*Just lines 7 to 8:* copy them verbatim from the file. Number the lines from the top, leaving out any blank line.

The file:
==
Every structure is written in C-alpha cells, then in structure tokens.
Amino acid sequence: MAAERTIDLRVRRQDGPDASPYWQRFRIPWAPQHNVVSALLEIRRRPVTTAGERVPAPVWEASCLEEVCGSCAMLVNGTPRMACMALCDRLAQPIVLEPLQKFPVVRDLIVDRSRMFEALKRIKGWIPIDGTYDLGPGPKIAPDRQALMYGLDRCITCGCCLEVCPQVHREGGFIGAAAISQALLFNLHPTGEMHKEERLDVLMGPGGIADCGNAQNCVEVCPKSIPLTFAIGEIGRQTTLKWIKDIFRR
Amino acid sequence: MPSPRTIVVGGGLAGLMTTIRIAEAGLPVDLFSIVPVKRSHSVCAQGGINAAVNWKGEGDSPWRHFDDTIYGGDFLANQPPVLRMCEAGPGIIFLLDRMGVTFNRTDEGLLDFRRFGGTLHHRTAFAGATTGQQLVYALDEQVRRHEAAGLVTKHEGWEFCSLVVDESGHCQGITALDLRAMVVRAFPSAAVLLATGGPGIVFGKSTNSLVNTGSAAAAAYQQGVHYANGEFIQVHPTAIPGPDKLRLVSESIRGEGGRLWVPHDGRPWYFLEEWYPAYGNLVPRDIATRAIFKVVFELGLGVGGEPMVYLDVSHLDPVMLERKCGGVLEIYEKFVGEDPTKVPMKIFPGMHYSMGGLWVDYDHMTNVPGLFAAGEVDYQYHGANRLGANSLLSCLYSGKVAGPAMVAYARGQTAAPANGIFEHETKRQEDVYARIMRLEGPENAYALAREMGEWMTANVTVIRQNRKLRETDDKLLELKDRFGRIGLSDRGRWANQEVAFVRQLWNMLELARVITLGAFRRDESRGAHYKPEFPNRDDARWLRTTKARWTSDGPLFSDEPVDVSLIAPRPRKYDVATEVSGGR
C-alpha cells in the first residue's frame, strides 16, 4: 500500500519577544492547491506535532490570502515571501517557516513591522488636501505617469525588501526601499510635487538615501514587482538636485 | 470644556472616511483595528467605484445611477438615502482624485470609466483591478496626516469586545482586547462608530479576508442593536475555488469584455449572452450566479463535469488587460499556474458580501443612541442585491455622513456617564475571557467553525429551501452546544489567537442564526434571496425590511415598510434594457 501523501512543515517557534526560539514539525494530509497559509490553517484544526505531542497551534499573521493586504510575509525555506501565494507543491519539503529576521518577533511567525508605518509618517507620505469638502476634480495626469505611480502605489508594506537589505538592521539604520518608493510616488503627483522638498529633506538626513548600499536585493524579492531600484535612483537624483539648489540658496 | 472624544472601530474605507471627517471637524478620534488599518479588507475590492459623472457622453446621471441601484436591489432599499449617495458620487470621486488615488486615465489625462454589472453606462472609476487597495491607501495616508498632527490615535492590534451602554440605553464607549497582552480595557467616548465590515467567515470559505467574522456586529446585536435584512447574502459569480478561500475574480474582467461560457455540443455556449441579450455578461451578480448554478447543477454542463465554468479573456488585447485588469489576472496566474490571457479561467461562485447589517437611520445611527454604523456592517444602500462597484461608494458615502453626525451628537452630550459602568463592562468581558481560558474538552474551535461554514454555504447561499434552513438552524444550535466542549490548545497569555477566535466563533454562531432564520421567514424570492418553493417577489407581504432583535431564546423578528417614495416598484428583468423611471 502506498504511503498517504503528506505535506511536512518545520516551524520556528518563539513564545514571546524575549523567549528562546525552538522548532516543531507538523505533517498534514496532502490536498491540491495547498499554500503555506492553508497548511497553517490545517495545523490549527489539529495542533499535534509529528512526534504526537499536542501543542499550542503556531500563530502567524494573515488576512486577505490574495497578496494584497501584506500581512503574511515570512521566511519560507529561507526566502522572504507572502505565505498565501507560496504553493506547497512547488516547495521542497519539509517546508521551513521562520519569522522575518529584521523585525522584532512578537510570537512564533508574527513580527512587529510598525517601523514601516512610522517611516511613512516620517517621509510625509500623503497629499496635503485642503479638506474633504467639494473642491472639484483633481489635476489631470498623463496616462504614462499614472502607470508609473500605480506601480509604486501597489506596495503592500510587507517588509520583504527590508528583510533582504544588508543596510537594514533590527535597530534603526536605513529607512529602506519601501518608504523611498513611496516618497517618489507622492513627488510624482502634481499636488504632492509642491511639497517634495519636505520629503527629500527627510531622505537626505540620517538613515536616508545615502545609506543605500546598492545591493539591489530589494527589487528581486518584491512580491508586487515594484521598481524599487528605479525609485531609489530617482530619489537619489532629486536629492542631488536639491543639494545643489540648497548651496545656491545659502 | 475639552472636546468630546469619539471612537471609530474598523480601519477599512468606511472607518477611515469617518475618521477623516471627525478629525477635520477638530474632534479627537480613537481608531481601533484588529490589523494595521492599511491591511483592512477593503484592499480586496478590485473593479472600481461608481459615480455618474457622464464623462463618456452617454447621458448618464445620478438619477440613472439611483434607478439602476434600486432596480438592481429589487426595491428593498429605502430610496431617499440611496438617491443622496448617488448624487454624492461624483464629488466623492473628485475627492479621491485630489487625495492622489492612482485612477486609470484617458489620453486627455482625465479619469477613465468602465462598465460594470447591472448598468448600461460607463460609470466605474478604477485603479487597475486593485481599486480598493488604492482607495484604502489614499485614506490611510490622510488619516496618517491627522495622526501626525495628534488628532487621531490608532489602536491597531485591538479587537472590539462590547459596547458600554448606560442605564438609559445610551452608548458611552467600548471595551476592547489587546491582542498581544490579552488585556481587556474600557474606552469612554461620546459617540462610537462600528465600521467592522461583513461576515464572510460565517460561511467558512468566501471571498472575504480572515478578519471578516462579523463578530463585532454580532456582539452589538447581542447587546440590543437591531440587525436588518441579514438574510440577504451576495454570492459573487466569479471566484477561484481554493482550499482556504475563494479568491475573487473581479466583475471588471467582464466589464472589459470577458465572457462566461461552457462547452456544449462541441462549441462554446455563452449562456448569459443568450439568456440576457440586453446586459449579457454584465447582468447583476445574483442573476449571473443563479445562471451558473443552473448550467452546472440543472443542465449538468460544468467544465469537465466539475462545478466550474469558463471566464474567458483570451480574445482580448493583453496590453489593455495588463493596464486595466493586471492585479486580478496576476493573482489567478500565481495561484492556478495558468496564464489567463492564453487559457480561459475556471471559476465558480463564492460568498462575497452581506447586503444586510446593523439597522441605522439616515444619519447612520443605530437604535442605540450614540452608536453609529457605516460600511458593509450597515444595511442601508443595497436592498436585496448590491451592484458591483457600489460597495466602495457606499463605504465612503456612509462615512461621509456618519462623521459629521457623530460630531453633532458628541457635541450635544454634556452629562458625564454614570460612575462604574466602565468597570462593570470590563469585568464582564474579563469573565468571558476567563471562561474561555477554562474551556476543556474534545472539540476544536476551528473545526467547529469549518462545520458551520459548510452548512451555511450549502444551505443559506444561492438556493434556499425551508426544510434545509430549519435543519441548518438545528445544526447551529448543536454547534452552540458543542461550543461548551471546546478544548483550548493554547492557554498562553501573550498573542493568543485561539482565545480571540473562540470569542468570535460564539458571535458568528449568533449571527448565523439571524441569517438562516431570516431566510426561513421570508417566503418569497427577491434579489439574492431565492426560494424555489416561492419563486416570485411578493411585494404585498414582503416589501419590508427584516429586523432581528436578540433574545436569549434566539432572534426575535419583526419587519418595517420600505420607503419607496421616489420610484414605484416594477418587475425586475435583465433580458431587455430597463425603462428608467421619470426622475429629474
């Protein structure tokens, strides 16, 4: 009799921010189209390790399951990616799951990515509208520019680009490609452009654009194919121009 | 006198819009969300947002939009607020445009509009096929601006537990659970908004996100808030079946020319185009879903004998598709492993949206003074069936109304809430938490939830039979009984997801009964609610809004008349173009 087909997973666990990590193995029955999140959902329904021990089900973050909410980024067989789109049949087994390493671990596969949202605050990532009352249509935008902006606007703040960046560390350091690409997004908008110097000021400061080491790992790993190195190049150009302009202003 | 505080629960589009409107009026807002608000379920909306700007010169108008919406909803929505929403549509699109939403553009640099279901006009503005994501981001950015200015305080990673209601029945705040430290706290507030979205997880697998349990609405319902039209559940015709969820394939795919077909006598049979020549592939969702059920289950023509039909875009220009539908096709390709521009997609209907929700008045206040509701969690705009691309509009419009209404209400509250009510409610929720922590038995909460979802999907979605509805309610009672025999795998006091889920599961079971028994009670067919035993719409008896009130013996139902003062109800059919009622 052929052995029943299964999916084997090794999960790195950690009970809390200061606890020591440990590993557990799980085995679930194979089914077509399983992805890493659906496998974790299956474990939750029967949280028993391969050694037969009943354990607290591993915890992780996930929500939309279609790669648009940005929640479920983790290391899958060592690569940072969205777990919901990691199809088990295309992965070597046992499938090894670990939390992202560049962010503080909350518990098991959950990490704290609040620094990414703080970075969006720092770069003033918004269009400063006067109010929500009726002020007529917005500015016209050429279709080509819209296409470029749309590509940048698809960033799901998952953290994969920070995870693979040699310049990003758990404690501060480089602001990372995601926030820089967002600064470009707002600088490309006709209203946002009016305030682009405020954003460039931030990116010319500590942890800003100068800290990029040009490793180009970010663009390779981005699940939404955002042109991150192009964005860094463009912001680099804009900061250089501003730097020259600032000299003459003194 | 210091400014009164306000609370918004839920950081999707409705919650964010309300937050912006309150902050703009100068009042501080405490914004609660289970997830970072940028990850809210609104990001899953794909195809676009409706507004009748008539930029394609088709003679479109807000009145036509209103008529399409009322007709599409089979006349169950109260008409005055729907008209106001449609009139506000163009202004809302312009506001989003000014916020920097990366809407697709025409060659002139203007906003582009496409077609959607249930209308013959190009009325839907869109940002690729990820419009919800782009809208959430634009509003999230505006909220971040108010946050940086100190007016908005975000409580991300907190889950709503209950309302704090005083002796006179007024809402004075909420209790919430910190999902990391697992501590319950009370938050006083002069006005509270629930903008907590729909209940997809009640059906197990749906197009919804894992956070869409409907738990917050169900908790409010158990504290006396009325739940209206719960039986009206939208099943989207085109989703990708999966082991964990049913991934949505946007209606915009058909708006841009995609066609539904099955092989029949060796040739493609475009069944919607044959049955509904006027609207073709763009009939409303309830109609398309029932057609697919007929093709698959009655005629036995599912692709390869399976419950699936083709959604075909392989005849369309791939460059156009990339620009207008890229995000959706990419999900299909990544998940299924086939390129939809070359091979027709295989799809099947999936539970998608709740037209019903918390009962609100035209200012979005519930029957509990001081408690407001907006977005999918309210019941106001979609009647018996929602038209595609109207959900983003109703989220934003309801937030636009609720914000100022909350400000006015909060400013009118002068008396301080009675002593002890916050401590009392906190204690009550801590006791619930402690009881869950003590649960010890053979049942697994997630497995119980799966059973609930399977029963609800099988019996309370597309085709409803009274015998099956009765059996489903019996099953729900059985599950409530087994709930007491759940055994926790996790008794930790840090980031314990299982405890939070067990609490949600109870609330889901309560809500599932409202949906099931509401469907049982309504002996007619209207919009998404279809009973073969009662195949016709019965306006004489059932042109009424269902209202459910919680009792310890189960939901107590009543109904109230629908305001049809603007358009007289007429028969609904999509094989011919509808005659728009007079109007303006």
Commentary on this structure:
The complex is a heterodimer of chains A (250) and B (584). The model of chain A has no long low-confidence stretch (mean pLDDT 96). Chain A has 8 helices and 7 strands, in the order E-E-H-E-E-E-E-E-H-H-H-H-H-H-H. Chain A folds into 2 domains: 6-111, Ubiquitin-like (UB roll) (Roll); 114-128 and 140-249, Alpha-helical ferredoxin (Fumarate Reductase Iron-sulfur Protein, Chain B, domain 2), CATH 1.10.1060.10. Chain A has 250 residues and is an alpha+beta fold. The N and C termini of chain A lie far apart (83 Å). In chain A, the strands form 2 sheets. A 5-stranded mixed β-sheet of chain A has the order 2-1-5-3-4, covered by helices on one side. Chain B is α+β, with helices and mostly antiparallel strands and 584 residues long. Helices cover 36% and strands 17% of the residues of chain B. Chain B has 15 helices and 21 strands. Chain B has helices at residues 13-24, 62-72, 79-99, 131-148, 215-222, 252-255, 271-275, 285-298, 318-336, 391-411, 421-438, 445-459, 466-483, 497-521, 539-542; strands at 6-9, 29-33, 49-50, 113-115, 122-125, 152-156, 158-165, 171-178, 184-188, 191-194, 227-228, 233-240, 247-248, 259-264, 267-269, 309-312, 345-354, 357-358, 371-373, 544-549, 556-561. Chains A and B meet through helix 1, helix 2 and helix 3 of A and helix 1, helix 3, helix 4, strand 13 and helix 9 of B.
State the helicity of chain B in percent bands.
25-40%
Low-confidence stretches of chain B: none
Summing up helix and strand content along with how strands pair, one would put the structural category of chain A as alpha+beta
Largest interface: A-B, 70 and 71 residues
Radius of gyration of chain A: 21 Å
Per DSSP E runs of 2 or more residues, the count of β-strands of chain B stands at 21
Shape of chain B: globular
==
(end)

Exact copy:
The complex is a heterodimer of chains A (250) and B (584). The model of chain A has no long low-confidence stretch (mean pLDDT 96). Chain A has 8 helices and 7 strands, in the order E-E-H-E-E-E-E-E-H-H-H-H-H-H-H. Chain A folds into 2 domains: 6-111, Ubiquitin-like (UB roll) (Roll); 114-128 and 140-249, Alpha-helical ferredoxin (Fumarate Reductase Iron-sulfur Protein, Chain B, domain 2), CATH 1.10.1060.10. Chain A has 250 residues and is an alpha+beta fold. The N and C termini of chain A lie far apart (83 Å). In chain A, the strands form 2 sheets. A 5-stranded mixed β-sheet of chain A has the order 2-1-5-3-4, covered by helices on one side. Chain B is α+β, with helices and mostly antiparallel strands and 584 residues long. Helices cover 36% and strands 17% of the residues of chain B. Chain B has 15 helices and 21 strands. Chain B has helices at residues 13-24, 62-72, 79-99, 131-148, 215-222, 252-255, 271-275, 285-298, 318-336, 391-411, 421-438, 445-459, 466-483, 497-521, 539-542; strands at 6-9, 29-33, 49-50, 113-115, 122-125, 152-156, 158-165, 171-178, 184-188, 191-194, 227-228, 233-240, 247-248, 259-264, 267-269, 309-312, 345-354, 357-358, 371-373, 544-549, 556-561. Chains A and B meet through helix 1, helix 2 and helix 3 of A and helix 1, helix 3, helix 4, strand 13 and helix 9 of B.
State the helicity of chain B in percent bands.